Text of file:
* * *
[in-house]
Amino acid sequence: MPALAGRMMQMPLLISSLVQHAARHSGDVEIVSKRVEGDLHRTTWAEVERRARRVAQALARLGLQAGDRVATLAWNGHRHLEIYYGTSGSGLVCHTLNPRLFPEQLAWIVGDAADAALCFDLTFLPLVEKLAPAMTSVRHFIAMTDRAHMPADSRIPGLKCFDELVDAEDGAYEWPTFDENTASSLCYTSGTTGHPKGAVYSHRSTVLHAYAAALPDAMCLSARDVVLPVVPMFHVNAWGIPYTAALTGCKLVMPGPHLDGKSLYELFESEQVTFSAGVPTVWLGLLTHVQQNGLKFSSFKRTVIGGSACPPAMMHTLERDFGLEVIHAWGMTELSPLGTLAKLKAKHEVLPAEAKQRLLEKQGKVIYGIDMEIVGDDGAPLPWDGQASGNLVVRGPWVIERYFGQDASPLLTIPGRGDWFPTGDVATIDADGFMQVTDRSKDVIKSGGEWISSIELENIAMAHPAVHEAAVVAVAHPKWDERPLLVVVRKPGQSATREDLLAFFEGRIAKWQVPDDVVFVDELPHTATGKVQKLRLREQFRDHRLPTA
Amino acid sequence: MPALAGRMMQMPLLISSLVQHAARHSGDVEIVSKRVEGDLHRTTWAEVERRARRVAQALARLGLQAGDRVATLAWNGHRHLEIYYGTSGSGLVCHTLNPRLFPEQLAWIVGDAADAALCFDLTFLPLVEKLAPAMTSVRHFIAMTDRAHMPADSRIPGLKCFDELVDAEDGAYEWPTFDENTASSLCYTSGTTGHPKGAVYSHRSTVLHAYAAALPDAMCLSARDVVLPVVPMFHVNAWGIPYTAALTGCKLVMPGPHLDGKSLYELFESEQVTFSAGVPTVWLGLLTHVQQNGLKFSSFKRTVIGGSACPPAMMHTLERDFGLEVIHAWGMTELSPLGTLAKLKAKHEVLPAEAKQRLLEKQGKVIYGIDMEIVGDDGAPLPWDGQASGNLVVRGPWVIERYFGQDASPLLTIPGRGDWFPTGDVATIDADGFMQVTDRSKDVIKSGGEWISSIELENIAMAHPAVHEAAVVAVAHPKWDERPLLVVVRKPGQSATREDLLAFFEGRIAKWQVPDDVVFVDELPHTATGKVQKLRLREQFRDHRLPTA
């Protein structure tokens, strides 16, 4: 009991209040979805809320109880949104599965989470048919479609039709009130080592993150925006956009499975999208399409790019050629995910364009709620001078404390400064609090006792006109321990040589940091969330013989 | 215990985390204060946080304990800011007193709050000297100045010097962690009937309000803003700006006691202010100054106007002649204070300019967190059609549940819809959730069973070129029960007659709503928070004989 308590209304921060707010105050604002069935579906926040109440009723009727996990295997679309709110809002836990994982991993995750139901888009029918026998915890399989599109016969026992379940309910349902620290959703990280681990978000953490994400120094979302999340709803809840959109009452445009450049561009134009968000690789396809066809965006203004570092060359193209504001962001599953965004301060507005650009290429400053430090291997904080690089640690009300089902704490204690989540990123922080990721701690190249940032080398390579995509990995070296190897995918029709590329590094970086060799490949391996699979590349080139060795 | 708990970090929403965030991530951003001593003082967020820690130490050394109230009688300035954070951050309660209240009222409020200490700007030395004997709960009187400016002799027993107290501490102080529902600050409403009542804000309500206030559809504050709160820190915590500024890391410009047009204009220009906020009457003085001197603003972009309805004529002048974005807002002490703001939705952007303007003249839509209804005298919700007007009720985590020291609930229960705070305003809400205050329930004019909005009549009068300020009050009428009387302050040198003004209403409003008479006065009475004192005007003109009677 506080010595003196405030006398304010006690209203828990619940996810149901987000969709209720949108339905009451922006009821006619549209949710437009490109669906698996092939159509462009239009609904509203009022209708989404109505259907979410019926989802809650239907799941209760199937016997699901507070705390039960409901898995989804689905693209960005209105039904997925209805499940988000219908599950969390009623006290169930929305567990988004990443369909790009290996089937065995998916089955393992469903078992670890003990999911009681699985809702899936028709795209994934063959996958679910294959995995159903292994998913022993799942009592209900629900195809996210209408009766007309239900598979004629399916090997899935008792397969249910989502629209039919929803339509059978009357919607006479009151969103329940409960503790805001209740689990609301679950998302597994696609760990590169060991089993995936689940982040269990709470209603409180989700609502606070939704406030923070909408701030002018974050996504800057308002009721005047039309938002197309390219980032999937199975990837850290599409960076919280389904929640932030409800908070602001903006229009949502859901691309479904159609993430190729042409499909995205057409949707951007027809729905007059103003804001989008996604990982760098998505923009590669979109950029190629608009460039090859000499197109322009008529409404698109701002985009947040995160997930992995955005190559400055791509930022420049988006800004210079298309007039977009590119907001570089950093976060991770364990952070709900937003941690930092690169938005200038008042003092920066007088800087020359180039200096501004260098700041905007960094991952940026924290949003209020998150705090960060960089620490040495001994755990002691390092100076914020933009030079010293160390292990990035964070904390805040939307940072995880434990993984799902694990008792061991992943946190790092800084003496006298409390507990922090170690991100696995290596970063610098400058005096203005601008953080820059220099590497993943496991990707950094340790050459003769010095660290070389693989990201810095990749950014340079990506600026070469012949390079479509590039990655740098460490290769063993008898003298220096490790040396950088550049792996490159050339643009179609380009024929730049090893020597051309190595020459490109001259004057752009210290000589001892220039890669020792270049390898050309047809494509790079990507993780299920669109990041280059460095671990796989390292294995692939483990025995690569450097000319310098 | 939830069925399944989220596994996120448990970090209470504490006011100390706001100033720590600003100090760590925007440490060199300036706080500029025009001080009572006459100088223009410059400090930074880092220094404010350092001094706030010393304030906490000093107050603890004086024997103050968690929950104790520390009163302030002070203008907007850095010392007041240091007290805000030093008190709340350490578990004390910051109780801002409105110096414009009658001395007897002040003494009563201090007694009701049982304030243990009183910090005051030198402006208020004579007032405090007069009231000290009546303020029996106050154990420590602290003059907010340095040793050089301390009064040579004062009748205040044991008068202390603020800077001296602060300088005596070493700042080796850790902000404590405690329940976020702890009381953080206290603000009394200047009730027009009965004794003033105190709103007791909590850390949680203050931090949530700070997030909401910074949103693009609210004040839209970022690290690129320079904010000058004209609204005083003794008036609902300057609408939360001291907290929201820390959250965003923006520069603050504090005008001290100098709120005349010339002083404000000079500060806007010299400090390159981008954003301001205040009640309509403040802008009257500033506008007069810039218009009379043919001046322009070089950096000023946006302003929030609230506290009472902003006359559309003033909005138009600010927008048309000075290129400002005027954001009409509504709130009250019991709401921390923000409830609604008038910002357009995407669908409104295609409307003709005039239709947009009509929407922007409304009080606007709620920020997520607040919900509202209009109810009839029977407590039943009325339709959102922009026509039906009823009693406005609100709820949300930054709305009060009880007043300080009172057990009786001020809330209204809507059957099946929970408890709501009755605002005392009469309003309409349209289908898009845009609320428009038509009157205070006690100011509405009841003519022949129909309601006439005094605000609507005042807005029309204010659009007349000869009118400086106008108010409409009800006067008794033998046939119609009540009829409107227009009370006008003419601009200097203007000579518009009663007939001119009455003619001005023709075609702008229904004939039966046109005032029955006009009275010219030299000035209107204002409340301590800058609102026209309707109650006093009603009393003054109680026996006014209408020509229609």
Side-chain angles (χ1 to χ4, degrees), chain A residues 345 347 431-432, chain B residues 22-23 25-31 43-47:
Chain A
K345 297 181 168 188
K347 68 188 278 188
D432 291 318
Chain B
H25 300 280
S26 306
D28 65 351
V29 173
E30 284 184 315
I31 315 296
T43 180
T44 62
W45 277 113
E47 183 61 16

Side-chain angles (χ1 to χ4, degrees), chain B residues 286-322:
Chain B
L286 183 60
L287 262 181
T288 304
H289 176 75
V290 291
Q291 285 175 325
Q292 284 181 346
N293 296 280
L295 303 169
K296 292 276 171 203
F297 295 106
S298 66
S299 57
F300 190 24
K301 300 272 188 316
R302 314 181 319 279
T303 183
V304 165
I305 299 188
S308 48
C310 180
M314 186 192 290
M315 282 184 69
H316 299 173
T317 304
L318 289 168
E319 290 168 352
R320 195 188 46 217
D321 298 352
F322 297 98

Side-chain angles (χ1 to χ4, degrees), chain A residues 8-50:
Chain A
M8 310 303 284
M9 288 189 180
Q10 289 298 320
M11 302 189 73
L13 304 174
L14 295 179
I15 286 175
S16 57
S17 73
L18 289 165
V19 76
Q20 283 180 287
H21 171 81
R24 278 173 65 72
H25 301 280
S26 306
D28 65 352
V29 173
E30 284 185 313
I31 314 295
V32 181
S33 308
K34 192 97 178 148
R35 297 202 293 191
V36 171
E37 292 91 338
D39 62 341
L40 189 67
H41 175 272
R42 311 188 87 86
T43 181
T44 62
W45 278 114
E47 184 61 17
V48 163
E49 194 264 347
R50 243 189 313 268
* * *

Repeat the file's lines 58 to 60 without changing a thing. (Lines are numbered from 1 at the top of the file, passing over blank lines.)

M11 302 189 73
L13 304 174
L14 295 179